- WHO downgrades classification of drinking coffee as possible cause of cancer
- At the same time, cancer research agency says drinking extremely hot liquid could cause the disease
- Tea in countries including China and Iran is served at high temperatures
The World Health Organization's research arm has downgraded its classification of coffee as a possible carcinogen, declaring there isn't enough proof to show a link to cancer.
But the International Agency for Research on Cancer, or IARC, also announced in a report published on Wednesday that said drinking "very hot" beverages of any kind could potentially raise the cancer risk, and it classified them as "probably carcinogenic" to humans.
In particular, it cited countries including China, Iran and those in South America, where teas such as the bitter herbal infusion mate are traditionally drunk at extremely high temperatures.
In contrast to cafes in North America and Europe, infusion teas are often served considerably hotter, at above 65 or 70 degrees Celsius.
Experts convened by the Lyons-based IARC concluded that there was inadequate evidence to suggest coffee might cause cancer, according to a letter published in The Lancet Oncology.
Beware of hot drinks
"I'm not really sure why coffee was in a higher category in the first place," said Owen Yang, an epidemiologist at the University of Oxford who has previously studied the possible link between coffee and cancer.
He was not part of the IARC expert group. "The best evidence available suggests that coffee does not raise the cancer risk," he said.
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Drinking very hot beverages, however, just might.
Dana Loomis, deputy head of the IARC programme which classifies carcinogens, said they began to look into a possible link after seeing unusually high rates of esophageal cancer in countries where drinking very hot beverages is common.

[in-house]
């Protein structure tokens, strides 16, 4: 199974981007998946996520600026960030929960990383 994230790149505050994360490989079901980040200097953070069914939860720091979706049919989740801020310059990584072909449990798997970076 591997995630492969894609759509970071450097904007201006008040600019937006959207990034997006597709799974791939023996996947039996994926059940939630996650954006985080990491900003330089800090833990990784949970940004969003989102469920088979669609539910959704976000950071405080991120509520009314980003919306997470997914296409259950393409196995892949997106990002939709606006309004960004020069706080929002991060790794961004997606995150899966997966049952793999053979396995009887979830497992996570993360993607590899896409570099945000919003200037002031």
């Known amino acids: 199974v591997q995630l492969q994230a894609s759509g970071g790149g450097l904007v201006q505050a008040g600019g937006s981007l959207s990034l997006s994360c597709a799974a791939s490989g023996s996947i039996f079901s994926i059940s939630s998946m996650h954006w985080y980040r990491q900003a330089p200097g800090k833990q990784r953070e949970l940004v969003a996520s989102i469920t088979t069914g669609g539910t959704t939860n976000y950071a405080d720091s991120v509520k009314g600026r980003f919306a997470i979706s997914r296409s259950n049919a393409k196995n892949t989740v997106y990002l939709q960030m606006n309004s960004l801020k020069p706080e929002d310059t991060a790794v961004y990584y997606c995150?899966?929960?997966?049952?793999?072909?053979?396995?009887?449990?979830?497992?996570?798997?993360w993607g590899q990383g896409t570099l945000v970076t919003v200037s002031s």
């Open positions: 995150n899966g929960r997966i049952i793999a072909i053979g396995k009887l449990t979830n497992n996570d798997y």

He said that even at temperatures below 60 degrees Celsius, hot beverages can scald the skin, and that consuming drinks at even higher temperatures could be harmful.
Loomis said very hot beverages might cause a "thermal injury" in the throat that could eventually promote the growth of tumours, but that evidence was limited. He said there wasn't enough evidence to suggest that eating very hot food might also be risky.
Other experts said that people should remain focused on the leading causes of cancers, including that of the esophagus, and that there were more important changes they could make other than waiting for their drinks to cool.
"Quitting smoking and reducing alcohol consumption are much more significant for reducing cancer risk than the temperature of what you're drinking," said Dr Otis Brawley, chief medical officer of the American Cancer Society.
Brawley said that the cancer risk posed by drinking hot beverages was similar to that posed by eating pickled vegetables.
Still, he welcomed the news that coffee would no longer be deemed a possible carcinogen.
"As a heavy coffee drinker, I have always enjoyed my coffee guilt-free," he said. "But now there is scientific evidence to justify that."